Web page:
By David Kligman
RICHMOND — After 14 years in Gas Operations, Erick Sanchez had an itch to do something different in his career.
He found his opportunity as one of 16 employees selected for a new apprenticeship program training gas corrosion mechanics. It’s the first program of its kind by a U.S. energy company, according to those who manage the program.
The first class graduated earlier this year and two more groups have started the apprenticeship throughout PG&E’s service area. Soon the training will continue at the new Gas Operations Technical Training Center in Winters in Yolo County.
For Sanchez, the apprenticeship allowed him to continue working in Gas Operations while learning new skills, even after he had an established career with PG&E.
“I’ve always liked working with pipelines,” said Sanchez, who is based in Santa Rosa. “I guess you can say I’ve always liked digging around, playing in dirt. It was an opportunity to try something new.”
The apprenticeship program was created to enhance the training and development of corrosion operations — the important job of ensuring that gas mains are structurally sound and furthering PG&E’s efforts to improve safety while embracing innovation and continuous improvement.
The program provides more rigorous learning, combining classroom training with real-life scenarios while working closely with mentors.
It was a major upgrade to previous training for this type of work — just two weeks, followed by on-the-job learning. This new apprenticeship lasts 18 months. Among requirements for the new program: apprentices must pass a timed 100-question test, pass a physical assessment and receive certification from the National Association of Corrosion Engineers, a third-party international organization.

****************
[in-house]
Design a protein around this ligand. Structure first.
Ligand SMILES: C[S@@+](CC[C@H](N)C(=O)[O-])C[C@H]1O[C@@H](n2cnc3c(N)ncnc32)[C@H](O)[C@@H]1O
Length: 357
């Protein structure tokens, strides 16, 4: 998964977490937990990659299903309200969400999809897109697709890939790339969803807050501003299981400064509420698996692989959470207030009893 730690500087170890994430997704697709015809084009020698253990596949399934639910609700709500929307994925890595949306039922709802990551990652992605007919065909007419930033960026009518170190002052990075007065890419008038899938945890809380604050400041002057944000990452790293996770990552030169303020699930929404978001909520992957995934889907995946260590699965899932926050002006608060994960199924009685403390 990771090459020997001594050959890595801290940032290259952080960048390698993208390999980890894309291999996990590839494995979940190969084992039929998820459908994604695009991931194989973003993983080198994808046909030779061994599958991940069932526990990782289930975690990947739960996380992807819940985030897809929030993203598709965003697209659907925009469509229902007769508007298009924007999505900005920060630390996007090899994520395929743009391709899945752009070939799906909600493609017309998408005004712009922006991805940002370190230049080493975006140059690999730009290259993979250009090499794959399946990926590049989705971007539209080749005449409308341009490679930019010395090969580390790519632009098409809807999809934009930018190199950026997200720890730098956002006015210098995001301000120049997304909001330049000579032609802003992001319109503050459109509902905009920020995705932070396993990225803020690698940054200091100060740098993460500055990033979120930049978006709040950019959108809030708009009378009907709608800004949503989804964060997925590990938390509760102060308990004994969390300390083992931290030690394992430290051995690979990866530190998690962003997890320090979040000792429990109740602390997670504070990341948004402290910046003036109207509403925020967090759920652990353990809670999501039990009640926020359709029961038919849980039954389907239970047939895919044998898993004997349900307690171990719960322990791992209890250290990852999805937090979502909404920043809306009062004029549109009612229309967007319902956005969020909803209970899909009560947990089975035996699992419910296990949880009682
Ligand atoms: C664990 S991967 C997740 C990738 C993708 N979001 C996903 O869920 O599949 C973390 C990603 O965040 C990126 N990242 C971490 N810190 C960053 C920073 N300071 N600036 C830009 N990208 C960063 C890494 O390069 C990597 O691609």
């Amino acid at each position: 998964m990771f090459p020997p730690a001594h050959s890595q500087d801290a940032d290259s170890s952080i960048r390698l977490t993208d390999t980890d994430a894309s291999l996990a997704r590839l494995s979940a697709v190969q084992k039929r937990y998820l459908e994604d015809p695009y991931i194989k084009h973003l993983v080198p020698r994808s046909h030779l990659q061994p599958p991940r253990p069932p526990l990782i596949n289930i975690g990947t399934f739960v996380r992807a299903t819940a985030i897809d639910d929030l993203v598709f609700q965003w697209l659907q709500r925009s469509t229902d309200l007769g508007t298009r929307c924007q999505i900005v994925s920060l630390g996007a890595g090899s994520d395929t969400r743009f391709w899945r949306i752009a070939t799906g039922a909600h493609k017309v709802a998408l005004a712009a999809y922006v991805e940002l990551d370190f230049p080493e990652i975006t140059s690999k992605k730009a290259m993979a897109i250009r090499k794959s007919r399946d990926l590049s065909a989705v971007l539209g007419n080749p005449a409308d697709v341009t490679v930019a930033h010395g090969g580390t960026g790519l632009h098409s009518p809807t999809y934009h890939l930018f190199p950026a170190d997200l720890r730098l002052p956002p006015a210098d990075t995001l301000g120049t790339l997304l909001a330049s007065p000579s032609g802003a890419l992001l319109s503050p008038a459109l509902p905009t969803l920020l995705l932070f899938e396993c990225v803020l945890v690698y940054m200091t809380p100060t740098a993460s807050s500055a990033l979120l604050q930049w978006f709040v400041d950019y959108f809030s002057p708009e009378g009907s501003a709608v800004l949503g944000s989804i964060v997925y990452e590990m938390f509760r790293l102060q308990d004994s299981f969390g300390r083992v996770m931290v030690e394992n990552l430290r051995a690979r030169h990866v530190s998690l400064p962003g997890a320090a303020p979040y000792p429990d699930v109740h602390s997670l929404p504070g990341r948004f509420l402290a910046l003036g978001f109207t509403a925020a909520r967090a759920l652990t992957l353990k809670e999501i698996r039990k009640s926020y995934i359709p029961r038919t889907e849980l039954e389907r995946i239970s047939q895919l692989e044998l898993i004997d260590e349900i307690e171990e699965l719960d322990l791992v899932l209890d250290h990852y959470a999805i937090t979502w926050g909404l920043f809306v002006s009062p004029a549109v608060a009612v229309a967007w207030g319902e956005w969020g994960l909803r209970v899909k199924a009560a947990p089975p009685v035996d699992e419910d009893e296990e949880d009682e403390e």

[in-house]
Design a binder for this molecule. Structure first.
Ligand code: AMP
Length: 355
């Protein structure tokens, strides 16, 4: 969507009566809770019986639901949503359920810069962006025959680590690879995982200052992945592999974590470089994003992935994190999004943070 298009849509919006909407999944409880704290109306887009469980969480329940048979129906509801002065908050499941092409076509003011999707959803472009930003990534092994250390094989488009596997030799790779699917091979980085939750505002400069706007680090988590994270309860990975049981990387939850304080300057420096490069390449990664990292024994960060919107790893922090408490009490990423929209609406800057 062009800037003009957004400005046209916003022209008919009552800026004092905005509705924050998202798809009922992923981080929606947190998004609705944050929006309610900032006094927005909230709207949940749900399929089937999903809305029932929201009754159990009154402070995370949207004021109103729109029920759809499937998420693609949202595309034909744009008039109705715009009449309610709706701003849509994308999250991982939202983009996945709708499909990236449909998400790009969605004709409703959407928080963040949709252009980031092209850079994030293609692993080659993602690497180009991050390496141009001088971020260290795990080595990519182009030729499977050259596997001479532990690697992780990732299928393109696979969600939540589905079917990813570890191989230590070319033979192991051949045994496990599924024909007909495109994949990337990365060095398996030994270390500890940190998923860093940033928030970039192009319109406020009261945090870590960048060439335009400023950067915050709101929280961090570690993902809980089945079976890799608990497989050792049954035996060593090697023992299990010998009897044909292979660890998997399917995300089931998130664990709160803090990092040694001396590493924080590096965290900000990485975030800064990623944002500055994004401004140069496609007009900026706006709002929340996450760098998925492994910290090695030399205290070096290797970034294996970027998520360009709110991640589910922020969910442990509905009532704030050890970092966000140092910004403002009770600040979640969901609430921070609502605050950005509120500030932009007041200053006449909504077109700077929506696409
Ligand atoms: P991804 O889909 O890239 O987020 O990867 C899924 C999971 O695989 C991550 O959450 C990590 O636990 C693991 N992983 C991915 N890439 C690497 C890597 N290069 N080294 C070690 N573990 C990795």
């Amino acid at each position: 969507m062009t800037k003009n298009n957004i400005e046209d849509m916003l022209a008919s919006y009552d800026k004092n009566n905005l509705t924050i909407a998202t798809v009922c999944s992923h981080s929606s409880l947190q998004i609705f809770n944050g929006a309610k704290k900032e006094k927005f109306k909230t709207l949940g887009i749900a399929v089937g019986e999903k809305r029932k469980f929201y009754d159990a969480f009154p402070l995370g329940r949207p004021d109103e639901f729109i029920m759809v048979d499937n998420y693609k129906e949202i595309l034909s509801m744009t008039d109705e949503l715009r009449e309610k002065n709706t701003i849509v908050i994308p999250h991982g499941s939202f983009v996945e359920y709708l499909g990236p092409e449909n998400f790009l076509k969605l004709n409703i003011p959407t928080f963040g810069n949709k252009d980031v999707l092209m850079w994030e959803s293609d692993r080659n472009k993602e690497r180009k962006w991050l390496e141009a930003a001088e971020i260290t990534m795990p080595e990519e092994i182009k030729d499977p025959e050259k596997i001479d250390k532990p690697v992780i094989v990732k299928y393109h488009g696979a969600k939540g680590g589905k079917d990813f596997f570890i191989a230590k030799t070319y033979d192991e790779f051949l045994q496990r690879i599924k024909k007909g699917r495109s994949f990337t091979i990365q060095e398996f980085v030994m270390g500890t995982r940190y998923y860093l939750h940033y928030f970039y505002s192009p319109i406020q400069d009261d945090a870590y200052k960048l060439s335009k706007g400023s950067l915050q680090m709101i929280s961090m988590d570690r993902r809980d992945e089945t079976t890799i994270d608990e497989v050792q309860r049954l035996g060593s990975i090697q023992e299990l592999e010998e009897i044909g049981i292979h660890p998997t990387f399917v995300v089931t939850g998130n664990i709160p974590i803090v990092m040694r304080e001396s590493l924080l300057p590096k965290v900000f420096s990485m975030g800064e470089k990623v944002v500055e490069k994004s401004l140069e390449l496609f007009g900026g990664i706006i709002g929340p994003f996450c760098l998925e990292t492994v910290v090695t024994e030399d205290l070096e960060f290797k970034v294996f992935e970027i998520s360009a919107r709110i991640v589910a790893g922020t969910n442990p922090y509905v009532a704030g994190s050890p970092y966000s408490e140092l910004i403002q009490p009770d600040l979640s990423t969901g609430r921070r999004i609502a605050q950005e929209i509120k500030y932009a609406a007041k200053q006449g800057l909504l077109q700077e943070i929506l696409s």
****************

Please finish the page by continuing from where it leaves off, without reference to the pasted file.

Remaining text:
“One of the things we always say is, ‘Rust never sleeps,’” said Maurice Crayton, the training coordinator who helps oversee the program along with Samuel Thomas III. “So we’re always trying to prevent the pipe from going back to nature. We want that pipe to last as long as it can.”
One of the ways a gas corrosion mechanic protects the pipe is to use cathodic protection, a small electric current that’s added to the gas main. It adds a kind of film to protect the steel pipeline from corroding and returning to its natural state.
Several of the graduates recently gathered at the Richmond yard to discuss with ONE PG&E their experiences in the program. They praised the classroom training of John Albano, as well as instruction from corrosion engineering and corrosion operations.
Daryl Brown, a Richmond-based corrosion mechanic, says the difference between the apprentices when they started and when they graduated is simply knowledge.
“At first, they didn’t know,” Brown said. “If you don’t do corrosion, you don’t know corrosion. There’s a lot to learn out there but as long as you ask questions and do the work that’s how you learn.”
Another of the graduates is Torian Wakefield, a PG&E gas veteran now based in Oakland, who is now one of about 80 corrosion mechanics with PG&E. He says he likes the thinking that’s involved with being a corrosion mechanic.
“I like doing this job,” he said. “It’s not so hard on your body. You have to figure out what’s the problem. Having worked in the field helped a lot, having already seen the pipeline in the ground.”
Email David Kligman at David.Kligman@pge.com.